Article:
Hospitalization may even be needed if you feel that your child is a danger to himself or herself.  Extreme cutting, eating disorders, bizarre behavior, extreme depression, suicidal thoughts, or excessive drug or alcohol abuse are just a few of the symptoms that might warrant hospitalization.  Don’t hesitate to hospitalize your child just because you don’t know what it is.  It’s better to be safe than sorry.

When Nothing is Working

In the event that your teen is running away or otherwise hitting bottom, and counseling is going nowhere, you may need to place your teen in a therapeutic program outside of your home for a time.  This is not the time to spend mulling over where your parenting has gone wrong.  It’s time for action, when your child could damage his life and possibly make choices with grave consequences.  After you’ve had time to get good counsel (hopefully from quite a few people) and you’ve had some time to think it through, start to put an intervention plan into action.

A therapeutic program or facility away from home will get them away from their peers, drugs and other influences.  It will give the whole family a time of rest and regrouping.  It will offer the teen a fresh perspective and a concentrated, focused way of dealing with their issues.  Yes, it’s a “last ditch” effort, to be initiated when all other options and attempts to help your child have been exhausted, but for some kids, it can be a lifesaver.  Over the past 20 years, some 3,000 kids have come to live with us a Heartlight (http://www.heartlightministries.org) for 9 to 12 months at a time.  We daily work with them in a relational way to change their thinking and ambitions to more positive pursuits.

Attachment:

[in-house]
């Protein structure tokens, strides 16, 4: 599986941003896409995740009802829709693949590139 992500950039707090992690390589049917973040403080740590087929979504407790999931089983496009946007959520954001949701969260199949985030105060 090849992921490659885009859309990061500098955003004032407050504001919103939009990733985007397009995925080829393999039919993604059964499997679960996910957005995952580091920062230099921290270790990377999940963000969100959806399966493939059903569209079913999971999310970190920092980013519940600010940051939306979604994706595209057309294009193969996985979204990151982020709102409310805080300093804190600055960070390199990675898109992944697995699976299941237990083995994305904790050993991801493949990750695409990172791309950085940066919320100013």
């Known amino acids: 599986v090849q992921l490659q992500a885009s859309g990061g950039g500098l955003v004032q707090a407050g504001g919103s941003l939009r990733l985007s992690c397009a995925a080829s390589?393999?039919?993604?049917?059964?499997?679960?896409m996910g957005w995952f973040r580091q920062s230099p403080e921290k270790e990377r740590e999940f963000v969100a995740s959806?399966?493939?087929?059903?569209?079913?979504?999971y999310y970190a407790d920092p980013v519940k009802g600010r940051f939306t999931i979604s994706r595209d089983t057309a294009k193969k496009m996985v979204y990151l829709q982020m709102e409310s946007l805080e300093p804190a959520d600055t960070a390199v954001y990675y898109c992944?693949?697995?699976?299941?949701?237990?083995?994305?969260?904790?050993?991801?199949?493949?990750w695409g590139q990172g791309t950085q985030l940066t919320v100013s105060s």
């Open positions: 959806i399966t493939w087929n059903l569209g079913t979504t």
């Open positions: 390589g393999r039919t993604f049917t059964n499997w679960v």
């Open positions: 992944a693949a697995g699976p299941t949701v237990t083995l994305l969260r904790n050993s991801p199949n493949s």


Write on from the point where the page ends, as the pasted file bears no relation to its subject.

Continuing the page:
All therapeutic programs are not the same, and there is very little regulation or standards in therapeutic care for youth.  So do your homework.  Check out each program’s professional references.  Call the local Better Business Bureau to see if there have been any complaints.  Get a list and call the parents who have had their child in the program recently.  If the program won’t allow you to call parents, then that may be a sign to look elsewhere.  And make sure the list they supply is made up of real parents, not just people trained to convince you to enroll in that program.

A therapeutic program isn’t an easy or inexpensive option for parents.  It can cost tens of thousands of dollars.  No doubt, it will be one of the hardest decisions you’ll ever have to make.  But one statement I hear from kids and from their parents over and over is this:  “If I (they) didn’t come to Heartlight, I think I (they) would have been dead or in prison by now.”